This post is going to let you tour our three dominant chicken coops. Our first chicken coop has been decommissioned, but I’m still going to share all about it, so you can get a good look at what you get out of a store-bought coop. Now, let’s get on with these chicken coop tours!
As a result of us getting chickens unexpectedly, we had to build a makeshift coop (here’s a video of it). We actually had a raccoon in the chicken coop one night! Probably, because it wasn’t very predator proof! Consequently, it was only a temporary deal. We knew it would probably not hold up very long.
The Rhode Island Chicken Coop
We put our chicken coop together (see it on Amazon) on Saturday. It was pretty simple to do. There are a lot of parts but, the directions were fairly easy to follow. The chickens seem to love their new coop so far. They are free range birds for the most part, but they will be imprisoned, if you will, within the confines of the coop and run for at least a week. This will teach them that they have a new place to sleep. They will no longer be sleeping in the makeshift coop! We will be tearing that mess down immediately! YAY!
First, you start by building the coop. This is pretty easy because there are dowels that help line up these parts.
Now, can you see my husband down there? He is screwing in the bottom pieces.
The next step is placing the ladder and the chicken door opener. See the metal bar on the door? It allows me to open the coop door without having to walk into the chicken run, which we will attach in later pictures.
In this step, we added the poop deck (slide-in tray) and the roosting bars. What are those huge holes in the sides? See the next picture…
Those holes are where the nesting boxes go. There are 6 individual nesting areas for the 10-15 birds you may keep inside! This picture shows one of the nesting boxes with 3 individual nesting areas. On the other side is another one!
The nesting boxes are attached at this stage.
And… the roof goes on!
The lids for the nesting boxes are installed.
The supervisor approves of the work so far…
Here we are getting the chicken run together.
A closer picture of the chicken run. We are about to attach it to the chicken coop.
The chickens are over there pecking on the wood. They are so nosey!
It is just about done! Finally…
After having this coop for several years now, I’ve come to the conclusion that we obviously should have painted it. We were in such a need for a better coop, we didn’t get around to painting it. It is falling apart now. Literally! The wood started rotting after it rained every day for a couple of weeks. Mold started taking over the inside. This wood is very thin, not super sturdy as is most coops you buy. We have built a new coop, and are working on a second coop. I plan to write a new post for both of those soon to share with all of you. We expect the lifespan of the homemade coops to wayyy outlast this one!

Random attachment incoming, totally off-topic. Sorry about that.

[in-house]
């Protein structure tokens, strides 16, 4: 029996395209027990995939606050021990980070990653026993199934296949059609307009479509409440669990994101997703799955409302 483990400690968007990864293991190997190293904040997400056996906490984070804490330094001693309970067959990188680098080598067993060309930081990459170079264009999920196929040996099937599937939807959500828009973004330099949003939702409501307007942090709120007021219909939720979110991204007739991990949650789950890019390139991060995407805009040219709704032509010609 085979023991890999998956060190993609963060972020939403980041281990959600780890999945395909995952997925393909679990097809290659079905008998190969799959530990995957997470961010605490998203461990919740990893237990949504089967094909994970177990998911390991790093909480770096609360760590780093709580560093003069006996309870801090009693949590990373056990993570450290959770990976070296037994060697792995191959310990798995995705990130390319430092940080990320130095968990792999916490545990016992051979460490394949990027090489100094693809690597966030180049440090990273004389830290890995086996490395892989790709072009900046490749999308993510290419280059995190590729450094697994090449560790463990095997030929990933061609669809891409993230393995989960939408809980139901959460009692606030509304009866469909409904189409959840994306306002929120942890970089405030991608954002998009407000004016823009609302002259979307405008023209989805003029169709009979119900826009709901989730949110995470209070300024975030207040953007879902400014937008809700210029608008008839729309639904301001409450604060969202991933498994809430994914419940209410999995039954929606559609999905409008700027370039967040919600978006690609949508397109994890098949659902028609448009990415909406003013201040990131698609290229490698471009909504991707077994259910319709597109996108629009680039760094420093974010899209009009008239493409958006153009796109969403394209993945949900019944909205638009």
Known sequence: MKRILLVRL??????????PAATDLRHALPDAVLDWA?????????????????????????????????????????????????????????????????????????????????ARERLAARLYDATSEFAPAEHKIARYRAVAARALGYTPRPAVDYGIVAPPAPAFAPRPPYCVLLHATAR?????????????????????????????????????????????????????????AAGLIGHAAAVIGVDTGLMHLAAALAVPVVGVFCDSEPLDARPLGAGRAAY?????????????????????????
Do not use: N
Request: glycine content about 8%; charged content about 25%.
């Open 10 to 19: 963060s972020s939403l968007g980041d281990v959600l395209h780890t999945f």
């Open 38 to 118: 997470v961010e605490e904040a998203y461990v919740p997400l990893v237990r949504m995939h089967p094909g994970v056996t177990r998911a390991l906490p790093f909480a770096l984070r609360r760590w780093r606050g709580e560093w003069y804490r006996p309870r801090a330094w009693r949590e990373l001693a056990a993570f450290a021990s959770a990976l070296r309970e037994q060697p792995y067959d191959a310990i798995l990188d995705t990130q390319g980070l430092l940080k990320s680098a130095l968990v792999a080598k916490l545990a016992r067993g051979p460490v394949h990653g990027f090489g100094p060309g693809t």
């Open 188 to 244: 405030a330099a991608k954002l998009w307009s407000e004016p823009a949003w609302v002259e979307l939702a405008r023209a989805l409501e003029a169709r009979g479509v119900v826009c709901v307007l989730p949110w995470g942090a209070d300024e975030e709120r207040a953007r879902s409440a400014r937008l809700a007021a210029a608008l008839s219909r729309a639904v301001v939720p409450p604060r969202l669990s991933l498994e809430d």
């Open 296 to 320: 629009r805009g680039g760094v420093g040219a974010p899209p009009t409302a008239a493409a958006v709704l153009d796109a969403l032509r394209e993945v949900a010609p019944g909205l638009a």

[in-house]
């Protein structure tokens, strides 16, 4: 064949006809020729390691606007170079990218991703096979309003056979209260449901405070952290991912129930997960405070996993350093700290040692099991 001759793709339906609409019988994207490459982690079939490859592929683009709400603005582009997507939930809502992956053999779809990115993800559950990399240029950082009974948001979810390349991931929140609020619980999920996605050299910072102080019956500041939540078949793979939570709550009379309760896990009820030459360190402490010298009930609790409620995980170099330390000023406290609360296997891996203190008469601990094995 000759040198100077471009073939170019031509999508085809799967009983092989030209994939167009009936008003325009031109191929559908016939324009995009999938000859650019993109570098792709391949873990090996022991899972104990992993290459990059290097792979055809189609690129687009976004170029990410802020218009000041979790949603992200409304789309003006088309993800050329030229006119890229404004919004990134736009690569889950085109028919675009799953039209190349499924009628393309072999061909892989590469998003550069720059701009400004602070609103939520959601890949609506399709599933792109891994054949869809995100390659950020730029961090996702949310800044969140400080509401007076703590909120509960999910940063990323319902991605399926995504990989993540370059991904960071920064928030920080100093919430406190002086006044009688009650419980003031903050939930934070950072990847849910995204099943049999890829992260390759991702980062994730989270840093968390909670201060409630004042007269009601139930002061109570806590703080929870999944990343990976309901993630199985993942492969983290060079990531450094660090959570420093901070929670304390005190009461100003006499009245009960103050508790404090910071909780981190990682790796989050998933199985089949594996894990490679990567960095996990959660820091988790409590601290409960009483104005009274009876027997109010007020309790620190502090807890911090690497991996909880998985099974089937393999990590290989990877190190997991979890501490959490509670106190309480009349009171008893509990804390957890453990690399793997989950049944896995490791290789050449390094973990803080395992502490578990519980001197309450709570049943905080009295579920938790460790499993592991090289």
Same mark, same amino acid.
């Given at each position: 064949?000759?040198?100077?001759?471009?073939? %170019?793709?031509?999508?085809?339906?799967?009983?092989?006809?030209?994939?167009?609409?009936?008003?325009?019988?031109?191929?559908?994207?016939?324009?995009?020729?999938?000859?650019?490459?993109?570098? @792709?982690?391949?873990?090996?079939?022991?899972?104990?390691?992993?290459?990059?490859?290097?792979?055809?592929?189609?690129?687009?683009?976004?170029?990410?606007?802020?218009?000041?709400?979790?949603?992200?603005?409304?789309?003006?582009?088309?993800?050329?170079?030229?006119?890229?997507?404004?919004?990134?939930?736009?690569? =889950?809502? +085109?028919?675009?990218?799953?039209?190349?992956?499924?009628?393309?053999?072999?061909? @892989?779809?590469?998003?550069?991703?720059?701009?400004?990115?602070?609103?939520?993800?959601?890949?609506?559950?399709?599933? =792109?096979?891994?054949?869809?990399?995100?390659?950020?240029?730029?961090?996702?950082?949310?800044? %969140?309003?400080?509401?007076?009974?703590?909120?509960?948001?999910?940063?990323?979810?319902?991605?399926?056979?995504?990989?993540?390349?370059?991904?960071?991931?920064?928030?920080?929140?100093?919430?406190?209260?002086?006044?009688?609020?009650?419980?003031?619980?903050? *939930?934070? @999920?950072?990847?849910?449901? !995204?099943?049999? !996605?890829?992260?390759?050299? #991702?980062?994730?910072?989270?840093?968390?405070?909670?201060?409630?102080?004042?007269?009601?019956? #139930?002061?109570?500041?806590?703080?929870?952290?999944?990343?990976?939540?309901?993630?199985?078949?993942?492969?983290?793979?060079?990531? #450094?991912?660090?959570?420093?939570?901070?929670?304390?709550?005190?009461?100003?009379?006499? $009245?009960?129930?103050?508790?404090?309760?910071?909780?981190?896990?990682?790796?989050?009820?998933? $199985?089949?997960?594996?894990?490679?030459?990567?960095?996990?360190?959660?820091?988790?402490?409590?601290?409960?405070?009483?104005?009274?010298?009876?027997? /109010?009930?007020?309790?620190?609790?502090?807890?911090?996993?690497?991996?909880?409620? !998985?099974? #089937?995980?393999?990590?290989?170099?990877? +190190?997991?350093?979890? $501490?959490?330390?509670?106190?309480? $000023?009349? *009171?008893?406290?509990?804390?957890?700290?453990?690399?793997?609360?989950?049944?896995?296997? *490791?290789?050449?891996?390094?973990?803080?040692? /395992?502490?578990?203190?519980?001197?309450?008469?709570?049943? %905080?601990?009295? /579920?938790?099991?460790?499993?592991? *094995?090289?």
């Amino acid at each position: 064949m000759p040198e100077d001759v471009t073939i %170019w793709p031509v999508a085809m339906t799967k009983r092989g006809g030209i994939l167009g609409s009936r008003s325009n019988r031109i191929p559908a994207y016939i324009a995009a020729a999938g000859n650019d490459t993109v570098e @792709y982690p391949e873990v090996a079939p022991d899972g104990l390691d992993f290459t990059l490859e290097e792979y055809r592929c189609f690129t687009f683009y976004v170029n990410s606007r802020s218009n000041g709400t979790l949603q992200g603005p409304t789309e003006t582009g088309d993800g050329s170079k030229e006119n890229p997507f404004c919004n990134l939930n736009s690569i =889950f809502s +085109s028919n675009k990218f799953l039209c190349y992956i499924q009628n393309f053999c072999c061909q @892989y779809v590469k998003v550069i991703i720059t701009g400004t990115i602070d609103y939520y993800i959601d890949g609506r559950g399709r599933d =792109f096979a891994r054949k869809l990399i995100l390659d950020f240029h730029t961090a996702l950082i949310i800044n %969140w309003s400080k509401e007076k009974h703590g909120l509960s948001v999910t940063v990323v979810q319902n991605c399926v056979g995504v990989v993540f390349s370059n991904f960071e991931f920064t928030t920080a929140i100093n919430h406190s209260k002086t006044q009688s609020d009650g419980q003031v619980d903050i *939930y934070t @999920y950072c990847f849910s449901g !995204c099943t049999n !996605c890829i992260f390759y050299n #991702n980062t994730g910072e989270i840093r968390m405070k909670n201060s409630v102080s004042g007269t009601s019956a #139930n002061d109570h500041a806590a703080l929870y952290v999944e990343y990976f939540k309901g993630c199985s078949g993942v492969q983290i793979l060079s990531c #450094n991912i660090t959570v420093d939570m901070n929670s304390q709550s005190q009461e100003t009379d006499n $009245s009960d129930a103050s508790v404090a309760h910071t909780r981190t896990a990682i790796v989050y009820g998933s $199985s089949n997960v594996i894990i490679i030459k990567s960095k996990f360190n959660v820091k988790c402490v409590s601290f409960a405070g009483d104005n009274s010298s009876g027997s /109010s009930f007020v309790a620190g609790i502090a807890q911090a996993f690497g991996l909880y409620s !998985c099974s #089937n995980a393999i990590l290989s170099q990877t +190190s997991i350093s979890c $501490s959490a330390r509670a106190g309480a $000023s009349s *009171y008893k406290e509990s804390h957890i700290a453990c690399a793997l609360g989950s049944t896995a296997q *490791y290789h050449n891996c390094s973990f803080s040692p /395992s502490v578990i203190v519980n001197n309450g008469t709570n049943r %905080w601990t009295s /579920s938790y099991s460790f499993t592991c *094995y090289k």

It looks pretty good, right? This photo tour is done now. I also hope that you will enjoy my video tour of the chicken coop because it is my best one yet! Here is the video…
I made a video tour of the chicken coop I’m getting better at making these videos! This is the best video I think I have made so far! Let me know what you think of my new coop in the comments!
A week or maybe more have gone by since getting the chicken coop. We acclimated the chickens to their new home because if you don’t do this, they’ll go back to their old coop. So, when I let them out I thought they would probably run for freedom. Rather, the opposite happened. One of them ran out and then ran back in. It seems like, they were skittish all over again. Unsure of their environment. They probably just needed a little while to come around to the idea of being free!
Now, it seems like they are very happy in their new home. Since they have had time to get used to their new home and free ranging again, they are happier than ever! I am most of all happy with the fact that the chicken coop came together just before the cold weather appeared. The makeshift coop was made out of fencing with large holes, as a result, it probably would have been very drafty. Therefore, it wouldn’t have kept them very warm during these cold nights we are having.
Horse Trailer Chicken Coop | Second Chicken Coop Tour
We drug this old horse trailer out of the woods. It was full of stuff, leaves, lizards, spiders, etc… It was in pretty poor shape. We had to rip the wall off since they were rotted.
Some of the floors had to be replaced because it was rotten. Most of the metal was rusted. We sanded, primed painted, built walls, doors, and even roosts!
It was a super fun build. Check out the entire post if you want to see the full chicken coop tour of the horse trailer chicken coop.
Truck Topper Chicken Coop | Third Chicken Coop Tour
We pulled this truck topper out of the woods. We cleaned it up, painted it and then my husband built a frame for it to sit on. The side panels are actually made of red roofing panels. Check out more of this chicken coop tour on the truck topper chicken coop page.
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